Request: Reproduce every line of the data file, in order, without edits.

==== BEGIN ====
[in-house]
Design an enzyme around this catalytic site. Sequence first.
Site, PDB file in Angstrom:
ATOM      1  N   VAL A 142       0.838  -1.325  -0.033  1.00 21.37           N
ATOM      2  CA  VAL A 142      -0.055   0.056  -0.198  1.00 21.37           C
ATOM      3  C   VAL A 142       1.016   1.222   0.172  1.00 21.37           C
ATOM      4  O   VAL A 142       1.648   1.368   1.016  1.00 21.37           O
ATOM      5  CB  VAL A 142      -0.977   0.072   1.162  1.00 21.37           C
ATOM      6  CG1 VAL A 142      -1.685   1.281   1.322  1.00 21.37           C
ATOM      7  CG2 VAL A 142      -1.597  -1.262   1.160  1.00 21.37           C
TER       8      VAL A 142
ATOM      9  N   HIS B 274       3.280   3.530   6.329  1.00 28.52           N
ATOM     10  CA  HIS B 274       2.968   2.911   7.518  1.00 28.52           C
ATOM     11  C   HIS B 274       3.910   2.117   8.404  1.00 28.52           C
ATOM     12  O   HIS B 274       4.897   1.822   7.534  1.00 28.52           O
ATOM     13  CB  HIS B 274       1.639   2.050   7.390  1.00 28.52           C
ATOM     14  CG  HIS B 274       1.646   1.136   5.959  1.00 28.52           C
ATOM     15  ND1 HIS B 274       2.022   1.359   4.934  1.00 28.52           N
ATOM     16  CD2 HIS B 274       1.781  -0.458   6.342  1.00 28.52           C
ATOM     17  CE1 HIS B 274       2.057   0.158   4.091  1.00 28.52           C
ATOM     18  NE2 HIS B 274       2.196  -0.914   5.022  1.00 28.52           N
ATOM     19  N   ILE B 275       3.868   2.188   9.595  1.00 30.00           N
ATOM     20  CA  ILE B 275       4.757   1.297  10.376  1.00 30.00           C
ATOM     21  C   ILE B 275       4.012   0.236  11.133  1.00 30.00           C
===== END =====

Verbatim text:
[in-house]
Design an enzyme around this catalytic site. Sequence first.
Site, PDB file in Angstrom:
ATOM      1  N   VAL A 142       0.838  -1.325  -0.033  1.00 21.37           N
ATOM      2  CA  VAL A 142      -0.055   0.056  -0.198  1.00 21.37           C
ATOM      3  C   VAL A 142       1.016   1.222   0.172  1.00 21.37           C
ATOM      4  O   VAL A 142       1.648   1.368   1.016  1.00 21.37           O
ATOM      5  CB  VAL A 142      -0.977   0.072   1.162  1.00 21.37           C
ATOM      6  CG1 VAL A 142      -1.685   1.281   1.322  1.00 21.37           C
ATOM      7  CG2 VAL A 142      -1.597  -1.262   1.160  1.00 21.37           C
TER       8      VAL A 142
ATOM      9  N   HIS B 274       3.280   3.530   6.329  1.00 28.52           N
ATOM     10  CA  HIS B 274       2.968   2.911   7.518  1.00 28.52           C
ATOM     11  C   HIS B 274       3.910   2.117   8.404  1.00 28.52           C
ATOM     12  O   HIS B 274       4.897   1.822   7.534  1.00 28.52           O
ATOM     13  CB  HIS B 274       1.639   2.050   7.390  1.00 28.52           C
ATOM     14  CG  HIS B 274       1.646   1.136   5.959  1.00 28.52           C
ATOM     15  ND1 HIS B 274       2.022   1.359   4.934  1.00 28.52           N
ATOM     16  CD2 HIS B 274       1.781  -0.458   6.342  1.00 28.52           C
ATOM     17  CE1 HIS B 274       2.057   0.158   4.091  1.00 28.52           C
ATOM     18  NE2 HIS B 274       2.196  -0.914   5.022  1.00 28.52           N
ATOM     19  N   ILE B 275       3.868   2.188   9.595  1.00 30.00           N
ATOM     20  CA  ILE B 275       4.757   1.297  10.376  1.00 30.00           C
ATOM     21  C   ILE B 275       4.012   0.236  11.133  1.00 30.00           C